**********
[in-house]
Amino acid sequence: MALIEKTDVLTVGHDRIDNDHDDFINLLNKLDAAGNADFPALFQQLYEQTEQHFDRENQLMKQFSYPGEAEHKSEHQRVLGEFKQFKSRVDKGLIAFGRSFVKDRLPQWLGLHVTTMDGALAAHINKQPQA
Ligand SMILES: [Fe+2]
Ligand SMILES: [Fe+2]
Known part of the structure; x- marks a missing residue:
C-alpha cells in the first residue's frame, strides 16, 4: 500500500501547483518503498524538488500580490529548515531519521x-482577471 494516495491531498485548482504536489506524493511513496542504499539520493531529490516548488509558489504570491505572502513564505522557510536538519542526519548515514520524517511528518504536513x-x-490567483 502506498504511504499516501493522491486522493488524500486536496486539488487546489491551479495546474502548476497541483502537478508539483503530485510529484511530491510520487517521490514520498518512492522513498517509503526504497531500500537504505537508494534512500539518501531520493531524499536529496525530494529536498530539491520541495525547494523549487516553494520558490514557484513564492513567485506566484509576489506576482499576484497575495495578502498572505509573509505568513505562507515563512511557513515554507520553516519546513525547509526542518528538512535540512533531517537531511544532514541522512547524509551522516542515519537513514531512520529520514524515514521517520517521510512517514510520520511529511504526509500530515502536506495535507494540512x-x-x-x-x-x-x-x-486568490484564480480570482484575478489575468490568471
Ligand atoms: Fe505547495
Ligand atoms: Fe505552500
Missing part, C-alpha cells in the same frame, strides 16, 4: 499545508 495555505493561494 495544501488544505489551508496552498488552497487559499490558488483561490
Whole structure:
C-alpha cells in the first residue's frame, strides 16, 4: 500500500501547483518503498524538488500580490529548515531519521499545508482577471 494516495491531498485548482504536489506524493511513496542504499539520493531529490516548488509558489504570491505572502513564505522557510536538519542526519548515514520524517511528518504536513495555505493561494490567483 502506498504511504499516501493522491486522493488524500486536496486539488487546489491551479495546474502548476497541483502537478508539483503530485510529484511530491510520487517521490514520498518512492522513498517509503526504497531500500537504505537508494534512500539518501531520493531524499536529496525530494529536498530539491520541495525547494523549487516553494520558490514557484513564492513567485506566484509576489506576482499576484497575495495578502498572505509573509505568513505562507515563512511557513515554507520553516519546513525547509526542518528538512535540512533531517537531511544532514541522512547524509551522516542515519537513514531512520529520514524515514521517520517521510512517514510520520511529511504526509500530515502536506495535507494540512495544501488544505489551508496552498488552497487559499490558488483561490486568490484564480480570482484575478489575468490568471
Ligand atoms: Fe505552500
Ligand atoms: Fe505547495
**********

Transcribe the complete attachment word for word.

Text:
[in-house]
Amino acid sequence: MALIEKTDVLTVGHDRIDNDHDDFINLLNKLDAAGNADFPALFQQLYEQTEQHFDRENQLMKQFSYPGEAEHKSEHQRVLGEFKQFKSRVDKGLIAFGRSFVKDRLPQWLGLHVTTMDGALAAHINKQPQA
Ligand SMILES: [Fe+2]
Ligand SMILES: [Fe+2]
Known part of the structure; x- marks a missing residue:
C-alpha cells in the first residue's frame, strides 16, 4: 500500500501547483518503498524538488500580490529548515531519521x-482577471 494516495491531498485548482504536489506524493511513496542504499539520493531529490516548488509558489504570491505572502513564505522557510536538519542526519548515514520524517511528518504536513x-x-490567483 502506498504511504499516501493522491486522493488524500486536496486539488487546489491551479495546474502548476497541483502537478508539483503530485510529484511530491510520487517521490514520498518512492522513498517509503526504497531500500537504505537508494534512500539518501531520493531524499536529496525530494529536498530539491520541495525547494523549487516553494520558490514557484513564492513567485506566484509576489506576482499576484497575495495578502498572505509573509505568513505562507515563512511557513515554507520553516519546513525547509526542518528538512535540512533531517537531511544532514541522512547524509551522516542515519537513514531512520529520514524515514521517520517521510512517514510520520511529511504526509500530515502536506495535507494540512x-x-x-x-x-x-x-x-486568490484564480480570482484575478489575468490568471
Ligand atoms: Fe505547495
Ligand atoms: Fe505552500
Missing part, C-alpha cells in the same frame, strides 16, 4: 499545508 495555505493561494 495544501488544505489551508496552498488552497487559499490558488483561490
Whole structure:
C-alpha cells in the first residue's frame, strides 16, 4: 500500500501547483518503498524538488500580490529548515531519521499545508482577471 494516495491531498485548482504536489506524493511513496542504499539520493531529490516548488509558489504570491505572502513564505522557510536538519542526519548515514520524517511528518504536513495555505493561494490567483 502506498504511504499516501493522491486522493488524500486536496486539488487546489491551479495546474502548476497541483502537478508539483503530485510529484511530491510520487517521490514520498518512492522513498517509503526504497531500500537504505537508494534512500539518501531520493531524499536529496525530494529536498530539491520541495525547494523549487516553494520558490514557484513564492513567485506566484509576489506576482499576484497575495495578502498572505509573509505568513505562507515563512511557513515554507520553516519546513525547509526542518528538512535540512533531517537531511544532514541522512547524509551522516542515519537513514531512520529520514524515514521517520517521510512517514510520520511529511504526509500530515502536506495535507494540512495544501488544505489551508496552498488552497487559499490558488483561490486568490484564480480570482484575478489575468490568471
Ligand atoms: Fe505552500
Ligand atoms: Fe505547495